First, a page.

In 2018, the mayor approved a $98,000 contract for a redevelopment plan of the area and a citywide $55 million capital improvements project. But Kings residents aren’t holding their breath, especially after the project was greenlit, then put on hold, and greenlit again within a year.
“The revitalization project could do some good, but it’s just a matter of whether it’s actually going to happen or not,” says Pastor Maxwell.
I envisioned this article as a simple love letter to Margaret’s Grocery. Just look at it, Suzi and dozens of others in the art community said. What kind of person wouldn’t care about preserving that?
But if my house was underwater a few months every spring or my voice went ignored because no one in my community was a major taxpayer and some women from out of town told me my real concern should be an abandoned grocery store, my question might instead be, who gives a damn?
There are no villains here. Suzi, the Maxwells, Mayor Flaggs — these are just a bunch of people trying their best to save the things they love.
It’s just that Margaret’s Grocery doesn’t have much time left to be saved.
That’s the thing about art made by poor people. Styrofoam meat trays are not exactly a durable medium. Neither are tissue-paper rolls, plywood, or magazine clippings.
The question now is how to preserve something that's so susceptible to the elements, not just the wind and rain, but the politics of race, religion, poverty, and privilege surrounding it.
Suzi wants to restore the site to a faux roadside attraction again where people can stop, take pictures, and read signs explaining what it once was and directing them to a climate-controlled building downtown. Here, she wants to recreate the interior of the grocery; unfortunately, it seems the most fragile elements must be moved indoors if they’re to be saved.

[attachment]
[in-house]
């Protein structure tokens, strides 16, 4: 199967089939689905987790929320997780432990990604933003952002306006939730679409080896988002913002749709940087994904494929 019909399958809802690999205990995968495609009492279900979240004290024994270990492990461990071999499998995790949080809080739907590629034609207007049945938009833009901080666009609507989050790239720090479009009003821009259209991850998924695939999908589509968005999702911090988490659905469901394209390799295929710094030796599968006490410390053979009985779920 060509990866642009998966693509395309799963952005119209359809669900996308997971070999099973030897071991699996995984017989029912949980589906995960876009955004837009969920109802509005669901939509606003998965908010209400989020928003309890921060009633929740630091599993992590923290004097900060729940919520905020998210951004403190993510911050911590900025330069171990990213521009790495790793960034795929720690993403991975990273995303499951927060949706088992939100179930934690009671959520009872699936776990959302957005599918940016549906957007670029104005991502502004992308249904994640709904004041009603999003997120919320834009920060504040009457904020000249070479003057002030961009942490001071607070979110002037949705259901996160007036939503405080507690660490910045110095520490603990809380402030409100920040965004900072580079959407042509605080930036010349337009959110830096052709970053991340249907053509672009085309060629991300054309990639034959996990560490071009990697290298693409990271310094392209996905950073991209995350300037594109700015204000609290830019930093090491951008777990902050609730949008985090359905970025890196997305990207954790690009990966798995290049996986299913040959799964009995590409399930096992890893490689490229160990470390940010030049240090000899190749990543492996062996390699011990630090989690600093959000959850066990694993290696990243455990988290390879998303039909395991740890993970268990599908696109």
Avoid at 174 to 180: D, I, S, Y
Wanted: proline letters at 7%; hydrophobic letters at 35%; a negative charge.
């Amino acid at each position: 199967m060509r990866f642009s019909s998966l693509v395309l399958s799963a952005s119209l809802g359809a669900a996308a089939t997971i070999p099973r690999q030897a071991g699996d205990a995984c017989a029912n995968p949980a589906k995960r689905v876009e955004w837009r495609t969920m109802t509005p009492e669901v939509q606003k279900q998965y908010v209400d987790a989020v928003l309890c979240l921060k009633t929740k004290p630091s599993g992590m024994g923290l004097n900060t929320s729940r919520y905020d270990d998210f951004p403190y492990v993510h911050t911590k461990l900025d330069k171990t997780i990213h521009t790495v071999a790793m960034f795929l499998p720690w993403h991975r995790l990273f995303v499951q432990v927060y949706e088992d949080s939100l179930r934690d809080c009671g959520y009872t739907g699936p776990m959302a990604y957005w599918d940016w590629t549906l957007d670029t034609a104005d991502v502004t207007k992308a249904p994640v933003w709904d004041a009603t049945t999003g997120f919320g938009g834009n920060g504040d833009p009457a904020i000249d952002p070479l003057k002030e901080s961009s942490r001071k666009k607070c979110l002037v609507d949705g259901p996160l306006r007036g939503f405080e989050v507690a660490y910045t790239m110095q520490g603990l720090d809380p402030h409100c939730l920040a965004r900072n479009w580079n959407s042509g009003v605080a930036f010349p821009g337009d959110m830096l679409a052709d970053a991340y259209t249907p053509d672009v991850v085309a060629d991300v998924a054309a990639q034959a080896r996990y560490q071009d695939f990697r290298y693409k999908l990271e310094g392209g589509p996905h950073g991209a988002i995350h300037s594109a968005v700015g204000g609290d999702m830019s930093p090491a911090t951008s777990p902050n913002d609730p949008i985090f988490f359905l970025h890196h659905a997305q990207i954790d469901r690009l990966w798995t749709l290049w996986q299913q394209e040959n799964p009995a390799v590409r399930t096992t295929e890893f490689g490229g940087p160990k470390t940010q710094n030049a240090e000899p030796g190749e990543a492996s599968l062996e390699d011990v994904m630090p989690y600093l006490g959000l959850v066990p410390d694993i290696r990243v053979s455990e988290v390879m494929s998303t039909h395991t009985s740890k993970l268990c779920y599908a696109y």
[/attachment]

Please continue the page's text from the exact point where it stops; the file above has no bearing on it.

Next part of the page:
The most promising aspect of the plan involves using the downtown building as an interpretive center with meeting spaces, workshops, and classes teaching kids to use their phones to record the oral history of the Kings community and of the grocery. I’m nervous, though, about how much of the site will get moved there, how well Kings will be represented, and how little interest will remain throughout the art world in helping this community once it’s gone.
If you Google Margaret’s Grocery, you’ll find dozens of simple love letters waxing poetic about this theological park, its folk elements and vernacular art, and its self-taught, outsider artist.
You’ll find very little on the Kings community, though.
But they can’t be so easily separated, not if the goal truly is to preserve Preacher and Margaret’s message. Old U.S. 61 was once a major highway. People from all backgrounds, every race and nationality, would be tempted to stop by the towering colors against the skyline — the red, yellow, blue, white, and pink. Preacher wanted them to stop here. Not in touristy downtown Vicksburg, not at a museum. In this community. Majority black. Majority poor.
Forget art. Forget religion. Preacher never called himself an artist, and I’m not even sure he was very good at his namesake either. Rather, the reason he and Margaret painted it the way they did was simply so that everyone would see what they saw.
“People are like a bouquet of flowers,” he once said. Remarkable, almost divine, like a roadside country store, “like a bouquet you’d give to your wife, all different colors.”